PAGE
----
The Calgary Stampede and its rodeo, sporting an infield of horses from bucking broncos to those used in calf roping, steer wrestling and chuckwagon racing, injects $140 million into Calgary’s economy, and each year attracts one million visitors.
It also pads the wallets of rodeo champions, handing a $50,000 cheque to the winners of each major event.
Even horse racing in Alberta, which has been in a slump in recent years, is recording soaring horse sale prices.
In 2003, yearling sales of standardbreds were up 37 per cent over 2002, and average prices for thoroughbreds were up by 12 per cent. The top-selling standardbred sold for $52,000.
With talk of new racing facilities and efforts to increase the profile of horse racing, horses sold for almost $2,000 more over the year before.
So what’s behind Albertans’ love affair with the horse?
“The horse is part of our heritage,” said Burwash. “Western Canadians are great livestock people. Alberta has way more cattle than anywhere else, and horses and cattle go together. It’s part of our culture.”
Alberta is the only province with government staff dedicated full-time to the horse industry. The horse industry section of Alberta Agriculture was established in 1974, after a study indicated the province’s horse industry was worthy of similar services available to other livestock sectors.
“The number of people and horses warranted it, and there was a need for education,” Burwash said. Each year, the section holds an Alberta horse breeders and owners conference, the only event of its kind in Canada.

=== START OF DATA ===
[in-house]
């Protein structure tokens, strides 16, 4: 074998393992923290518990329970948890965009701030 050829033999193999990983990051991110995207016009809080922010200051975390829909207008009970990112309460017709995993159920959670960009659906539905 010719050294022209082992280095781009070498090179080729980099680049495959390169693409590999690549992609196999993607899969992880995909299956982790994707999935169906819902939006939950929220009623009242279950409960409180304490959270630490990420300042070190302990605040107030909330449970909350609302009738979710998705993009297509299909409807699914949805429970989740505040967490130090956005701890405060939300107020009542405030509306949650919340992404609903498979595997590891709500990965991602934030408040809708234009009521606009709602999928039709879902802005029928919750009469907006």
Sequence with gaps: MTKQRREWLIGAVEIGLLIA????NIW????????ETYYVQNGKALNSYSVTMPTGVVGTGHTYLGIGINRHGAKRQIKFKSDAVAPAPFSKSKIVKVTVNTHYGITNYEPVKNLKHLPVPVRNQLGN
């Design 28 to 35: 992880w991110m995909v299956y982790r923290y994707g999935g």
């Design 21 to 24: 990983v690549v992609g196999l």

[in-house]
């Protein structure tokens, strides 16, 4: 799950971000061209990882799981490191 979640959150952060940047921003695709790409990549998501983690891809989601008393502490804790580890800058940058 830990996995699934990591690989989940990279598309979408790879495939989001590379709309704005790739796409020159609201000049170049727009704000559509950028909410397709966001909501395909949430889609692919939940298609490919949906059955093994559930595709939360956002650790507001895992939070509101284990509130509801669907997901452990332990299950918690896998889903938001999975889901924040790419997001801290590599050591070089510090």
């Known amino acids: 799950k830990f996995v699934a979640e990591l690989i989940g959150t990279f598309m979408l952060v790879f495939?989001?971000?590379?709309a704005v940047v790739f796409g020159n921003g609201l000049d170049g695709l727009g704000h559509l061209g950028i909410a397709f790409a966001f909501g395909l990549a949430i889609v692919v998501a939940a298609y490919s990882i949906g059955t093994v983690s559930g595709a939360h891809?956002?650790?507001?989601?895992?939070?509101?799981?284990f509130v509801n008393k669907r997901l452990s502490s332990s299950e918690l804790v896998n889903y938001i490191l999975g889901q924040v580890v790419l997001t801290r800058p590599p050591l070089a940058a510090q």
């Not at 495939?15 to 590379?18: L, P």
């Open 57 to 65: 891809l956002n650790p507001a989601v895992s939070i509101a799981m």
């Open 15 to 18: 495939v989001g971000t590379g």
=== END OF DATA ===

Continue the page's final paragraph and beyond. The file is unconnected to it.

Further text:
Burwash expects Alberta’s horse industry to remain prosperous, as long as producers satisfy the recreational market demand. “Right now, we have an overproduction of horses. And that can drive the value down, which will decrease production.”
With fewer than 10 per cent of horses involved in competition, breeders must raise horses suitable for the recreational rider. “We need horses that have a good mind, are sound and safe,” Burwash noted.
While recent economic downturns may affect horse ownership in the agriculture sector, it appears to have minimal impact on acreage owners, said Burwash.
The devastating impact of bovine spongiform encephalopathy (BSE) on Alberta’s ranching economy also has had little impact on recreational horse owners, he said. “So many horses are now owned by people not in the agriculture industry. They still have a disposable income.”
With high input costs, breeding horses is rarely a money-maker, said Springbank veterinarian and quarter-horse breeder Wayne Burwash (Les’s brother.) “I get between $4,000 to $5,000 for a yearling, and that price hasn’t changed much since the ’70s.”
What has changed since then is Burwash’s clientele. With so many acreages around Calgary, business is good.
“I’ve seen a real shift in demographics, from people farming with horses to urban people who have little experience. Their horses are pets,” he said. “We’re finding people aren’t comfortable treating minor cuts, or deworming and vaccinating. It’s become more like a small-animal practice.”
When it comes to business, outfitter Mac Makenny bows to the horse, offering tourists an equine holiday that includes horseback rides at his Homeplace Ranch west of Calgary, as well as excursions to polo games, Spruce Meadows and rodeos, including the Stampede.
So popular are his packages that July and September are always sold out to tourists, largely from North America and Mexico.
“The horse industry is so important to this province that I believe the horse should be the domestic symbol of Alberta. The horse is noble and powerful,” said Makenny, also industry co-chair of the Strategic Tourism Marketing Council.
“If you look at the history, from the pioneering aspect right up through today to Spruce Meadows, the Calgary Stampede and the outfitting business, I think the horse adds a lot to this province, from both a business and tourism point of view.”